D.C. Circuit Court Rejects DOE’s De Facto Ban On Natural Gas Boilers
The U.S. Court of Appeals for the District of Columbia has vacated the Department of Energy’s efficiency standards for commercial boilers. According to the panel of judges, “the DOE again failed to offer a sufficient explanation in response to the comments [from petitioners] challenging a key assumption in its analysis.”
Assumptions Come Undone
This is the second time the court has agreed with the legal challengers, led by the American Public Gas Association (APGA) and Air-Conditioning, Heating and Refrigeration Institute (AHRI) (“the petitioners”). In June 2022 the same panel agreed with the petitioners’ comments on cost concerns and burner data, but decided to remand the rule back to the agency, instead of vacating it. In deciding to remand the rule, the Court noted:
“The Agency “explained that ‘[it] ha[d] not identified a source of comprehensive burner operating hour data for commercial boilers that could be used for such an analysis nor was such identified to DOE by stakeholders…”
“[U]sing data ill-suited to the task is not excused by failure—even good faith failure—to locate suitable data, particularly considering that the Congress here required clear and convincing evidence before the Secretary can disturb the regulatory status quo.” (emphasis added)
However, in this recent review, the rule still failed to pass muster because of the assumptions and analytical choices the Department of Energy (DOE) made, in addition to making those choices in its methodology without industry input. According to the decision:
“The Agency failed to provide notice and comment despite its reliance on new studies and data critical to supporting its use of random assignment to assign boilers in the life-cycle cost analysis. The DOE also failed to address challenges to its 30 Btu/h assumption in calculating burner operating hours for the lifecycle cost analysis for the second time.” (emphasis added)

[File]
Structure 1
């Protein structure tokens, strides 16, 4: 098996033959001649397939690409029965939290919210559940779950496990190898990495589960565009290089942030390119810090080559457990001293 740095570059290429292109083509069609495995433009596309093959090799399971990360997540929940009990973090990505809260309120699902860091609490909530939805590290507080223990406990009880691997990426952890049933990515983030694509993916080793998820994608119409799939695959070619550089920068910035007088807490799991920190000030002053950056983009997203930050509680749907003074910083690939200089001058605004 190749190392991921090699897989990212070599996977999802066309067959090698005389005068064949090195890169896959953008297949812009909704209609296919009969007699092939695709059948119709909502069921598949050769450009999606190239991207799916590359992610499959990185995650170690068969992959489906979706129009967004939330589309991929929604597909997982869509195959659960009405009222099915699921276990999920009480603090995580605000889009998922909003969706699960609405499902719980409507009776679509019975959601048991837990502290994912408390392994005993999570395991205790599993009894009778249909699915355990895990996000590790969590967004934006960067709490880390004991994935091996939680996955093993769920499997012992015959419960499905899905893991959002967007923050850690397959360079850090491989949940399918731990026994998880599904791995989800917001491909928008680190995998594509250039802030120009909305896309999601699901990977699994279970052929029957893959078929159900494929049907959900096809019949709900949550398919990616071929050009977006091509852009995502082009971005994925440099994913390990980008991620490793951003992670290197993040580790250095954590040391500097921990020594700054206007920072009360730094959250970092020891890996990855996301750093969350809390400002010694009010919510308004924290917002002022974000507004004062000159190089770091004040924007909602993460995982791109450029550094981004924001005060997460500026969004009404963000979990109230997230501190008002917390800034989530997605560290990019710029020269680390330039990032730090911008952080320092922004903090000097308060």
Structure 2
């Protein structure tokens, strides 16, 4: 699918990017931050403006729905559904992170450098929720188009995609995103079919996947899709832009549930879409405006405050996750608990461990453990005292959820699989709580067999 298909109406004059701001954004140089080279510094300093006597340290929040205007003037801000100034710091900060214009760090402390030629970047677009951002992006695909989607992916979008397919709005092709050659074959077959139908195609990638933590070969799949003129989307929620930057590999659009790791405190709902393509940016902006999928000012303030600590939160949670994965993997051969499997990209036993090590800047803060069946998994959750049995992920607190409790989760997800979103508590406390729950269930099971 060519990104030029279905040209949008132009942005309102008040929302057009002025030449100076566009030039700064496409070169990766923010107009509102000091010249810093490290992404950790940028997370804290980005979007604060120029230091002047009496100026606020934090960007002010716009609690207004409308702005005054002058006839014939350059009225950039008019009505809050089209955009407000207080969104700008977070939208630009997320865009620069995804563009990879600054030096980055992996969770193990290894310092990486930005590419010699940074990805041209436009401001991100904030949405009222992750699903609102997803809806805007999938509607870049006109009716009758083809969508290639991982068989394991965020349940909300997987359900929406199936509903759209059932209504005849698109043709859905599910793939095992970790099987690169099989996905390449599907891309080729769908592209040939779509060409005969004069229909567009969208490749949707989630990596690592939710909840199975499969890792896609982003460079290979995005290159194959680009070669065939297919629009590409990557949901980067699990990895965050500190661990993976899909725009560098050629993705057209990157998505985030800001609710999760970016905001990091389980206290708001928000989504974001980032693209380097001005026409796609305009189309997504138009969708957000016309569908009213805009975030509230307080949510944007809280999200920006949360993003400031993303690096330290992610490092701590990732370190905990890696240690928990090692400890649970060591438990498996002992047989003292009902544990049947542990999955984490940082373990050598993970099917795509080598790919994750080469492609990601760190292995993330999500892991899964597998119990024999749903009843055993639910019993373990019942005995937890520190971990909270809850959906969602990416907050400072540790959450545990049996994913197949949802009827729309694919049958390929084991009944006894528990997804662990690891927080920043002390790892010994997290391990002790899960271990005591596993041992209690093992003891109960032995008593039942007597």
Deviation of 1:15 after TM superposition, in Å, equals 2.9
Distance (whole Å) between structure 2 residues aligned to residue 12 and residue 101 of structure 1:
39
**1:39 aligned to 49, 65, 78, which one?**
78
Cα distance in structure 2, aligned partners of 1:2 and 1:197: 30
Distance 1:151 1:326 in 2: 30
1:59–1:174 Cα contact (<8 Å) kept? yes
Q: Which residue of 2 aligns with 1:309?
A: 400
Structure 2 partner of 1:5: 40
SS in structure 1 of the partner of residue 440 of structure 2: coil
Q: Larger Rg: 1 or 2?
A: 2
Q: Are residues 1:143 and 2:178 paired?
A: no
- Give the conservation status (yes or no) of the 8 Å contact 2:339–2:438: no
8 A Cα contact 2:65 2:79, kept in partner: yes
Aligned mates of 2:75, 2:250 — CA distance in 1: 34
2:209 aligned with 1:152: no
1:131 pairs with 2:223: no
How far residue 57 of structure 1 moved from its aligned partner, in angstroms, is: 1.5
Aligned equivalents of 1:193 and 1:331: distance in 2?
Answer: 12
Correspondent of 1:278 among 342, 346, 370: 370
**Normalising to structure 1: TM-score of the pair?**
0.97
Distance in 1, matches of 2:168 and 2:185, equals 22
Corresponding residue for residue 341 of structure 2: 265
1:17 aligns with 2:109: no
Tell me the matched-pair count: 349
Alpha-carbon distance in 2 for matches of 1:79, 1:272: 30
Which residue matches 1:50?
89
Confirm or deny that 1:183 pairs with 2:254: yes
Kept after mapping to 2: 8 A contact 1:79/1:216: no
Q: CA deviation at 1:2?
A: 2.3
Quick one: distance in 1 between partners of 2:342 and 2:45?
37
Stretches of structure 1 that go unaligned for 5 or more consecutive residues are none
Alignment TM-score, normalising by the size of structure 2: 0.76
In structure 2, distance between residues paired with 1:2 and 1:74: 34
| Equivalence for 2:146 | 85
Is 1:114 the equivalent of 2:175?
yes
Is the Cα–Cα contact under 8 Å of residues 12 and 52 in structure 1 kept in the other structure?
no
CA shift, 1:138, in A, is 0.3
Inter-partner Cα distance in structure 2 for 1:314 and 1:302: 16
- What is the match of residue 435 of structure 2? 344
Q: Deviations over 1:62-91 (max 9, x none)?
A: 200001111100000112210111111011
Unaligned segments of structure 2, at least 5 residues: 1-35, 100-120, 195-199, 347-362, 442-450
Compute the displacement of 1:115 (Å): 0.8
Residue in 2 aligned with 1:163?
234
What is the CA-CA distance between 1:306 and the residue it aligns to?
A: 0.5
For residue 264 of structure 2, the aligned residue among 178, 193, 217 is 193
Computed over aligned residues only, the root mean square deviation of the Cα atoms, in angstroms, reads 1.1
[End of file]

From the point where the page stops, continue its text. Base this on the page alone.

Speeding to a Red Light
By rushing the process and hoping to stealthily pass a ban on natural gas boilers, the agency condemned its rule to failure, as the court “typically vacates rules when an agency entirely fails to provide notice and comment.” (emphasis added)
The vacating of the efficiency standard is the third blow to the administration’s rush to support anti-consumer choice policies and remove natural gas infrastructure from buildings in recent months.
In April, the ninth circuit court overruled the city of Berkeley’s natural gas ban, claiming it was pre-empted by existing federal law. The Biden administration attempted to argue that such a ruling would impede the federal energy efficiency program.
And in June, two bipartisan house votes were passed to protect natural gas appliances from the DOE and Consumer Safety Protection Agency’s actions meant to carry out the administration’s electrification agenda.
Bottom Line: A District Court has handed the administration’s electrification policies another loss, vacating the DOE’s proposed energy efficiency standard because of the Department’s poor methodology and failure to provide notice and comment in revising the rule. It is the second court reversal of natural gas ban policies, and a win for consumer advocates who are working to get officials to examine the actual costs of their electrification policies in terms of costs and consumer comfort.